The Press-Dispatch

February 7, 2018

The Press-Dispatch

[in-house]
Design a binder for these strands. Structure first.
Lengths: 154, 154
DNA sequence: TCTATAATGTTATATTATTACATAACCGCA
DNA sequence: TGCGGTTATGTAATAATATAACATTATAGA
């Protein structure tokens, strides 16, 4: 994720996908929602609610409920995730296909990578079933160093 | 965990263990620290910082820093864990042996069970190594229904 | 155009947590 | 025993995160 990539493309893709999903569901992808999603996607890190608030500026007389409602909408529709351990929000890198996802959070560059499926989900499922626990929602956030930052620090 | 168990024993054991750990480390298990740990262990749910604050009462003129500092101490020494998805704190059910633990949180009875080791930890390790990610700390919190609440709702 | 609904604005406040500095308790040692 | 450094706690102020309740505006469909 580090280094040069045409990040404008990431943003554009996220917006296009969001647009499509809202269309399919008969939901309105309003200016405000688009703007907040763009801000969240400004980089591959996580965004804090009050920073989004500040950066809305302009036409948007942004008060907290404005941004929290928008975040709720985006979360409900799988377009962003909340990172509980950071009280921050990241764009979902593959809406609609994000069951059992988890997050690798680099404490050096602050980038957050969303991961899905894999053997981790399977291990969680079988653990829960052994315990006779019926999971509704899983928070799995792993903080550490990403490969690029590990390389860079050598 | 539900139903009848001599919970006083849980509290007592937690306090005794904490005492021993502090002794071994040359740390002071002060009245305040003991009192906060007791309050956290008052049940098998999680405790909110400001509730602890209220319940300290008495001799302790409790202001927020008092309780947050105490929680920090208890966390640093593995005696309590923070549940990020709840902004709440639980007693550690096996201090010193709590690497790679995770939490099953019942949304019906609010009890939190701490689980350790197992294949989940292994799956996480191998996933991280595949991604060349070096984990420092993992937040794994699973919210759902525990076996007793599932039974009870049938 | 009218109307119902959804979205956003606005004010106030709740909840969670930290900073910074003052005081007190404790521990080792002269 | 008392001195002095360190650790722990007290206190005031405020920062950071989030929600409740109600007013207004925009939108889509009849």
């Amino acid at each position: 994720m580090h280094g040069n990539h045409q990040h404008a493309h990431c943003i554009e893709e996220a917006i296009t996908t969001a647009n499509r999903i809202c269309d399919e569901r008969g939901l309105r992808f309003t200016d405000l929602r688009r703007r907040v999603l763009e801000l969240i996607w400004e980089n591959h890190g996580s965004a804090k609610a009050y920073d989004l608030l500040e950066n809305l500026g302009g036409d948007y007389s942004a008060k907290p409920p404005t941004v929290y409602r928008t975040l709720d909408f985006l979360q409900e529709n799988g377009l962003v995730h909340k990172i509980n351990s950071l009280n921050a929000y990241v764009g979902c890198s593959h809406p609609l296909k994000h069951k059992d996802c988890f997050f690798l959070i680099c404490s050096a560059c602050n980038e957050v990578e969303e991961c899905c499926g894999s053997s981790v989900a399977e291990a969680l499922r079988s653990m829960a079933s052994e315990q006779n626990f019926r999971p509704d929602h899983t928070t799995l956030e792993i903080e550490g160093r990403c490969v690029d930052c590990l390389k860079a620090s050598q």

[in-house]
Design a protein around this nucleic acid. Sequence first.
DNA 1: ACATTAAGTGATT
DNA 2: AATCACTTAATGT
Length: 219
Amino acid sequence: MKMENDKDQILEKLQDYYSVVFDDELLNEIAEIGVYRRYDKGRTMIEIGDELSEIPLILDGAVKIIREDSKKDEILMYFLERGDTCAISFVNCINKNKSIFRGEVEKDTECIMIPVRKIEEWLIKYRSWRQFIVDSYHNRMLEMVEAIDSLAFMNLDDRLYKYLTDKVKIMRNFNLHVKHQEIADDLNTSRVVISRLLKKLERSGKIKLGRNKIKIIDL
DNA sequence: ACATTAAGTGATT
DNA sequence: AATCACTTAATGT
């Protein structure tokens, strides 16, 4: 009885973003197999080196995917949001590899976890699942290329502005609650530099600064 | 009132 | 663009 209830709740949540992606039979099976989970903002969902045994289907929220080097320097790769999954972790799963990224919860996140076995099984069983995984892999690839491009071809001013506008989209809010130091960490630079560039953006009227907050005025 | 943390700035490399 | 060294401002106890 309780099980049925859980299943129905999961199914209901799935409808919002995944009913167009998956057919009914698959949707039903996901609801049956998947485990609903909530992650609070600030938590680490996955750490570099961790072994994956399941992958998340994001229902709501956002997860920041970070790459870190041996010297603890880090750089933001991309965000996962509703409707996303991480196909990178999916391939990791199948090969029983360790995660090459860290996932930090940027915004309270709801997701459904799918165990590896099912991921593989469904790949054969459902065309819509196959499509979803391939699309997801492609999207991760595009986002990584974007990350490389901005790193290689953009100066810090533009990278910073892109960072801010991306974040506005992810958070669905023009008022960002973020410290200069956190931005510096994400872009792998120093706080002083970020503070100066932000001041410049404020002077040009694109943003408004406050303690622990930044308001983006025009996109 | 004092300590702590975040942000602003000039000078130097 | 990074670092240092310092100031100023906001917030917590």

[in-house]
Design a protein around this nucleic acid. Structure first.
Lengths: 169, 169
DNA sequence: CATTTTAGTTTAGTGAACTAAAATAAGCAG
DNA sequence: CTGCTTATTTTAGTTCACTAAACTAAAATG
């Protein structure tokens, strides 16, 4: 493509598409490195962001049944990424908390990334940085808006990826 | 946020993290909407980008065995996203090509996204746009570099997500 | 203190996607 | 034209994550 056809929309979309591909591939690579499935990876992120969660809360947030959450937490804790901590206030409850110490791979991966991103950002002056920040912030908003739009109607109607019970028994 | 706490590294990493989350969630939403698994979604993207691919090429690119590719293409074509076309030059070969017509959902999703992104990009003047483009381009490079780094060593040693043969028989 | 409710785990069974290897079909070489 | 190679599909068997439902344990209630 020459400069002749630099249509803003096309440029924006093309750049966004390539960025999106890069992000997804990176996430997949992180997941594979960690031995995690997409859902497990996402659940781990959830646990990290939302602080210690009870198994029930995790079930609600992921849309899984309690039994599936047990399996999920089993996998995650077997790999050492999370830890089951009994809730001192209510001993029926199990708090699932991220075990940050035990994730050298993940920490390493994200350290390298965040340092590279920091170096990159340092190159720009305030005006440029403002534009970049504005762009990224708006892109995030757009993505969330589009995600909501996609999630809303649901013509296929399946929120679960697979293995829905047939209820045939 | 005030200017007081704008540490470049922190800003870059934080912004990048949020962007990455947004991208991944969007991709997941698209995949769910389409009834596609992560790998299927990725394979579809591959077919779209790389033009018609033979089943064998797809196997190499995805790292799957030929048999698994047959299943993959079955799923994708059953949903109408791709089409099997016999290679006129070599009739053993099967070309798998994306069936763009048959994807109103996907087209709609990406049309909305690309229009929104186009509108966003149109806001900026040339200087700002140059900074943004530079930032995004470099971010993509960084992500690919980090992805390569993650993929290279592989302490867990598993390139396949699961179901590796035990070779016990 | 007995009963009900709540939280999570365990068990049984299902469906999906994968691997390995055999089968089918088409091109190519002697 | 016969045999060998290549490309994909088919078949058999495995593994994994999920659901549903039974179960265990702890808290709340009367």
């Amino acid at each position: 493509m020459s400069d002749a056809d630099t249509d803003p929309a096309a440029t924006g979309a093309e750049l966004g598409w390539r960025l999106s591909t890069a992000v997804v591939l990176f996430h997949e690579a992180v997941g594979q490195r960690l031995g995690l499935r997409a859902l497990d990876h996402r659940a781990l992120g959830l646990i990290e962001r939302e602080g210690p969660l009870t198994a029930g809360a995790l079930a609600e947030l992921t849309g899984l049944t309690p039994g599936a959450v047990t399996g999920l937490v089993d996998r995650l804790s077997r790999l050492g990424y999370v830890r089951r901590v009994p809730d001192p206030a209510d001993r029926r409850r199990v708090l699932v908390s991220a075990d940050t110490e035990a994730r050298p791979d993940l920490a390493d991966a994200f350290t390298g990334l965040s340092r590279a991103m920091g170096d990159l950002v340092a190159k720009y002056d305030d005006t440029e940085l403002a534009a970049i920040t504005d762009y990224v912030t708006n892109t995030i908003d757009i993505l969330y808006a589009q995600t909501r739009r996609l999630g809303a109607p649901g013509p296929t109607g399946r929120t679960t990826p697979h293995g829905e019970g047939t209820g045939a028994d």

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C-12 Wednesday, Februar y 7, 2018 The Press-Dispatch HISTORY Submit history photos: Call: 812-354-8500 Email: or bring in a hard copy: 820 E. Poplar Street, Petersburg SEVENTY-FIVE YEARS AGO The Petersburg Press Friday, October 16, 1942 Like the man who invent- ed the better type of mouse trap, John Harrell, Peters- burg Radio man had invent- ed a new type of airplane that has been attracting people from far and wide to study the type. The new plane has a wider body stream- lined in such a manner that the wings form a part of the body giving more strength and allowing wide spacing of the landing gear which will add safety and carrying load to the plane. John got inter- ested in planes shortly after a local concern ran an air- plane building contest last fall and in January started the present model. The mod- el under construction will fly when completed and is pow- ered with a one sixth horse power gasoline motor. The great hazard of field fires at dry season of the year as the present demon- strated last Wednesday eve- ning when a field of sage grass adjoining the right- of-way of the A.W and W. Railway, near the old No. 6 mine of the Ayrshire min- ing company in Patoka town- ship. Had it not been for the watchmen, Fred McCord and Orace Eads, at the tower near there, a fire that could have done untold damage might have occurred. At Kroger, five pound bags of apples were being sold for 23 cents. Ray Henson, who resides north of this city on the old Starke Ferry road, and who is employed as a ground man at one of the Patoka- Ayrshire Coal Co., just out of Winslow, was seriously in- jured Wednesday afternoon at 2:30 p.n. when a piece of rock in the overburden be- ing removed by one of the large electric shovels, rolled back into the pit, after being deposited on the top of the bank, and struck Henson, badly mashing and breaking his left leg. According to the information received at this office, he suffered greatly from the loss of blood. Births: Mr. and Mrs. J.C. Nicely received word today of a great- grandson born October 8. He was named Rolland C. Beckam, Jr.; Ru- dolph Stone received a card from his son Leon Stone, of Princeton, announcing the arrival of a new baby boy named Leon Conrad; Born October 11 to Mr. and Mrs. Earl Slunder, of near Pikev- ille, a baby boy named Jer- ry Earl; Mrs. Mr. and Mrs. McGaughey, of Bainbridge, Ind., are the proud parents of a girl born October 8. She was named Sandra Sue. Deaths: Mrs. Amanda Byrd, widow of the late Ed- ward Byrd, of Hazelton, died at her home Friday morn- ing at 7:30, following com- plications of diseases due to infirmities of age; Elmer Butrum, one of the widely known deep miners of this county was crushed to death at 10 :45 p.m. Wednesday night in an accident at the Ditney Hill Mine, in Warrick county, owned and operated by David Ingle and others, who were the former oper- ators of the mine at Littles, in this county. Mr. Butram was operating a cutting ma- chine in the mine and in some mammer was caught between the machine and the side of the entry in which he was working andhis chest was so badly crushed that he died almost immediately; SIXTY YEARS AGO The Petersburg Press Friday, December 27, 1957 Pike County Deputy Sher- iff Allen Smith was badly in- jured in an auto crash ear- ly Christmas morning on Highway 61, three-and-a- half miles east of Peters- burg. Smith was reported to have a cracked spine, two broken ribs, four fractured ribs, facial cuts and bruises by the Daviess County Hos- pital in Washington. The Deputy Sheriff met a car traveling towards Peters- burg in the middle of the highway and swerved to avoid striking the oncom- ing car. The Smith car hit the soft shoulder and went out of control, turning over and landing in a field near- by. A spine specialist exam- ined Smith Thursday to de- termine the extent of dam- ages to his spine. A full house of approxi- mately 540 children crowd- ed into the Lincoln Theatre for the free "kiddie" show Monday, Dec. 23. The Lin- coln management proved to be a big help to late Christ- mas shoppers. The parents brought their children to town for the movie and then went on with their Christ- mas shopping. The children of the county say thanks to Lincoln. Local police arrested an 11-year-old Petersburg boy on charges of robbing the Voyles I.G.A. Market Sat- urday, Dec. 21 of $ 358 in cash. The boy was appre- hended Dec. 23 by local po- lice Chief Bill Harvey. Har- vey said that he was mak- ing an investigation of the crime when he was told that a boy had inquired the store owner, John Voyles, if the cash drawer of the cash register was left open each night. Harvey said the boy had worked selling Christ- mas trees Saturday at the store for the Boy Scouts. The lad denied having any part in the robbery when questioned by Harvey. But when Harvey found $ 32 in a shirt pocket, the boy admit- ted having taken the money. The money had been placed in hiding places all over the house, Chief Harvey stat- ed. About $ 343 of the sto- len money was recovered. The boy appeared in juve- nile court Tuesday morn- ing, Dec. 24. Mrs. Helen Spray an- nounces the engagement of her daughter, Margaret Jean Spray, to James W. Pirkle, son of Mr. and Mrs. Leon- ard Pirkle, of Winslow. Marriages: Mr. and Mrs. Robert Sebastian Weisheit announce the marriage of his daughter, Marie Lore- na, to Mr. Frederick Philip- popoulos-Vendouzis, at 5 p.m. Saturay, December 28, in the St. Peter's Lutheran church of Manhattan, New York City. Births: Mr. and Mrs. Hoyt Potts announce the birth of a son, Monday, Dec. 23, at the Daviess Coun- ty hospital; Mr. and Mrs. Thomas Jochim announce the birth of a son on Sun- day, Dec. 22 at the Daviess County hospital. Deaths: Mrs. Verna Teague, Otwell, died Thurs- day, Dec. 26, 1957 in the Jas- per Memorial hospital; Fu- neral services for Harry O. Stafford, 75, Monroe City, were at 10 :30 a.m. Tuesday, at the Harris Funeral home; Funeral services for Mrs. Gertrude Reed, 63, were at 2 p.m. Tuesday, at the Har- ris Funeral home; Funeral services for Charles Kend- all, 79, will be at 2 p.m. Sat- urday, December 28 FIFTY YEARS AGO The Press-Dispatch Thursday, January 11, 1968 Petersburg school stu- dents, Kindergarten through Grade 6 and Special Education, will be offered free measles vaccine (one in- jection) by the Pike County Board of Health, in cooper- ation with the Pike County School Corporation. Coun- ty Health Officer, Dr. J.W. El- bert, obtained the measles vaccine through Indiana State Board of Health to be used in Pike County. This is part of a national program to eradicate 10 day measles or "Old Fashioned" measles, as it is more commonly known. The measles vaccine will be given at school by Dr. Milton Omstead on Tuesday, Janu- ary 16, at 8:30 a.m. to grades kindergarten, grades 1, 2, and 3. Tuesday, grades 4, 5, 6 and special Education will receive their vaccine. Mayor Thomas F. O'Rourke was sworn in as Democratic Mayor for his second term during brief ceremonies at 12 p.m. in the City Hall of Petersburg, Jan- uary 1. Mrs. Goldie Logan, possibly the first woman to be elected as City Clerk of Petersburg, also took her oath of office. Arthur Miley who lives on highway 61 south of Peters- burg has been able to get around only by the aid of a crutch the past two weeks. While at work at the old Enos Mine south of Win- slow, Thursday, December 28, Mr. Miley was helping fellow workers move some machinery when he stepped on a frozen clod of dirt which rolled with him. When the frozen clod rolled, his ankle turned, causing the small bone in his right leg to crack in two places just above his ankle. Ray Wools, Safety En- gineer at the mine, took him to the Good Samaritan hos- pital emergency room where the painfully injured leg was placed in a cast. Fire of undetermined or- igin completely destroyed the Village Inn, a promi- nent eating place south of Petersburg on highway 57, early Sunday morning at 2 a.m. The building, fixtures and supplies were a total loss and were only particu- larly covered by insurance. John Anderson, who was on his way home after attend- ing a party with a group of young folk, saw smoke pour- ing from the Village Inn. He stopped and went to the door to warn anyone that might be inside but didn't see the trailer on the south side of the building where the pro- prietors, Mr. and Mrs. Eitle Blythe live. When he could arouse no one, he went into Petersburg and notified the fire department. Mr. and Mrs. Blythe did not know the building was on fire. They are considering re- building in the future. Births: To Mr. and Mrs. John Broker, of Hunting- burg, a son, born Sunday, January 7 at St. Joseph's hospital; To Mr. and Mrs. Hubert Reed, of Lexing- ton, a son, Robert Ray, born December 28; To Mr. and Mrs. William Bakeis of Linton, a daughter, Chris- tine DeAnn, born Decem- ber 29 at the hospital in Lin- ton; To Mr. and Mrs. Gary K. Grant, of Oakland City, a daughter, Stacy Kay, born Wednesday, January 3; To Mr. and Mrs. James White- head, of Otwell, a daugh- ter, April Marie, born Mon- day, January 8; To Mr. and Mrs. Kenneth Reed of Oak- land City, a daughter, Angela Kaye; To Mr. and Mrs. Low- ell Dillon, of Jasper, a daugh- ter, Heather Dawn; To A-1c and Mrs. William C. Smith, of Bangor, Maine, their first child, a son, Jay Carl, born Tuesday, January 9; To Mr. and Mrs. Jon McCandless, of Winslow, a son, Monday, January 8. Deaths: Melvin F. Fergu- son, 59, Charlestown, who had been employed since Christmas as a combustion engineer at the Indianapolis Power and Light Company, Petersburg plant, died from a heart attack at 7:45 Mon- day morning; Funeral ser- vices for Mrs. Ray (Arsena F.) Veale, 69, of Otwell, were conducted Monday at 10 a.m. at V.L. Poindexter Fu- neral Home in Washington; Mrs. Lesta Miller, of Spur- geon, reported to the Press- Dispatch that her uncle, James A. Parke of Temple, Ariz., native of Spurgeon, died Thursday, January 4, at 1 a.m. in a Temple hospital; Mrs. Lilly Belle Parker, 69, of Mt. Carmel, Ill., who with her husband were formerly in business in Petersburg, died Saturday, December 30, in the Mt. Carmel hos- pital after a year's illness of cancer. She was critically ill one month. Tonia Lea El- liott, nine day old daughter of Mr. and Mrs. Ernest El- liott, of Otwell, died at 2 a.m. Friday in Welborn-Baptist hospital in Evansville. The infant was taken to the hos- pital Thursday. Death was possibly from a heart defect; Mrs. Bessie Bradfield, 94, of Petersburg, died at 8:35 p.m. Monday, January 8, at the Daviess County hospi- ta; where she had been a pa- tient since Friday; Services for Mrs. Bessie Strickland, 79, who died at 5 a.m. Satur- day at her home in Mackey was at 10 :30 a.m. Tuesday at Mackey EUB church, with burial in Townsley ceme- tery; Mrs. Maude Chumb- ley, 76, Winslow, died Thurs- day, January 4, at St. Mary's hospital, Evansville at 11:30 p.m. Services were at 2:30 ; Funeral services for Mrs. Lydia J. Willis, 89, who lived four miles southwest of Pe- tersburg, were conducted Friday at 2 p.m. at Lamb Funeral Home in Oakland City; Mrs. Myrtle May Kin- man, 78, Monroe City, died at the Good Samaritan hos- pital in Vincennes at 2 a.m. Sunday after a lingering ill- ness; Graveside services for the infant son, Chad Jon, of Mr. and Mrs. Fred Roeder, Jr., of Oywell, will be con- ducted today, Thursday, at 11 a.m.; Funeral services for Mrs. Mary McRoberts Coleman, 64, of Princeton, native of Union, Pike coun- ty, will be Thursday, today, at Colvin Chapel in Prince- ton; Mrs. Lucinda Garrison, 97, of Oakland City, died at 1:55 a.m. Sunday morning at Gibson General hospital. Mrs. Garrison was born No- vember 18, 1870. TWENTY- FIVE YEARS The Press-Dispatch Thursday, January 7, 1993 A Petersburg man was hit with a mop handle Mon- day night as he attempted to enter his house in what po- lice think was a foiled bur- glary attempt. According to Pike County Deputy Sher- iff Rick Chamberlain, Pren- tice Offil, Petersburg, came home late Monday night and went to the back of his home where he has an entrance in- to his basement. Chamber- lain said Offil went into his basement and got a load of clother out of his dryer and then went back around to the front of his house. When he bent over to put his key in the lock, someone hit him in the back of the head with a mop handle. Offil told Chamber- lain it briefly knocked him unconscious and when he got up, no one was around. Chamberlain said there was no sign of forced entry and nothing was taken. He said it appears Offil came home when a burglar was trying to break in, and he his in a closet on the porch until he hit Offil. County commissioners started the new year by re- organizing on January 1. The only personnel change came at the top. Gary McCandless replaced Tom Deen as coun- ty superintendent. County superintendent is in charge of the county highway ga- rage and county landfill and has a supervisor under him in each of these depart- ments. Ironically, it was Gary McCandless who was fired to make room for Deen eight years ago, when Democrats Wilmer Whitehead and Jim Shoultz took majority control of the commissioners. Now eight years later, Republi- cans Arvel Grubb and Mike Vaughn have given the ma- jority of the three-member commissioners back to the Republicans. Amy Krohn received her B.S. degree in legal stud- ies from the University of Evansville in the graduation ceremony on December 18 at 2 p.m. She is employed at Verdelski Miller law office in Evansville. Robie and Jerry Carter and families hosted a party for their parents Earl and Anna Mae Carter celebrating their 60th wedding anniversary on December 10 at a restaurant in Jasper. Jamie Onyett and Rebec- ca Riley, of Petersburg, Kim- berly Jarvis and Tammra Thompson, of Winslow were named to the dean's list at Indiana Business College in Vincennes. Deaths: James Haskell Woolsey, 83, of Scottsburg- Bethel community, Oakland City, was dead on arrival at Wirth Hospital in Oakland City at 10 :40 a.m. Sunday, January 3; Carl J. MArvel, 79, died Friday, January 1, at 9:45 a.m. at the home of a daughter near Stendal; Rhe- ba Barr, 88, of Petersburg, died at 2:30 p.m. Thursday, Dec. 31 at Petersburg Health Care Center; Catherine Mar- guerite Ashby, 65, of Peters- burg, died Friday, Jan. 1 at 10 p.m. at Holiday Care Nursing Home in Evansville; Marvin R. Anderson, 65, of Monroe City, died at 9:22 p.m. Thurs- day, Dec. 31 at Good Samar- itan Hospital in Vincennes; Darryl Ray Mays, 23, of Ha- zelton, died Wednesday, Dec. 30 at 12:41 p.m. at Indianapo- lis Methodist Hospital suffer- ing fromcancer; Alice Erma- dine Luff, 69, of Scottsburg community, Oakland City, died at 2:13 p.m. Tuesday, Dec. 29 at her residence; Sib- yl Flack, 91, of Indianapolis, formerly of Somerville, died Thursday, Dec. 31 at 12:15 a.m. at Indianapolis Method- ist Hospital; Opha Cox, 74, of Petersburg, died Friday, Jan. 1 at 1:35 a.m. at Petersburg Health Care Center. WES 6th grade 1970—Mrs. Lucille Wood Front row: Charles Denton, Dale Nalley, Phillip Ferguson, Eddie Bailey, David Hill, Russell Hale, Terry Coleman and Alan Ro- bling; Middle row: Nancy Pirkle, Hazel Wade, Cynthia Samples, Dixie Grissom, Janice Embry, Martha Jones, Nyla Riddle and Glo- ria Bruce. Back row: Kimberly King, Sandra Alford, Alan Todd, Hubert Barrett, Gary Couts, Timothy Newton, Donald Weathers, Ethel Meinhart, Peggy Butler, Ronald Taylor and Beverly Bennett. Wednesday, February 7 • Beatles arrive in New York (1964) • The Great Baltimore Fire begins (1904) Thursday, February 8 • Mary Queen of Scots beheaded (1587) • First execution by lethal gas (1924) Friday, February 9 • Daylight Saving Time instituted (1942) • William Henry Harrison is born (1773) Saturday, February 10 • The French and Indian War ends (1763) • Mormons begin exodus to Utah (1846) Sunday, February 11 • Nelson Mandela released from prison (1990) • Underdog Buster Douglas knocks out Mike Tyson (1990) Monday, February 12 • Congress enacts first fugitive slave law (1793) • President Abraham Lincoln is born (1809) Tuesday, February 13 • Patrick Henry named colonel of First Virginia battalion (1776) • Galileo in Rome for Inquisition (1633) Source: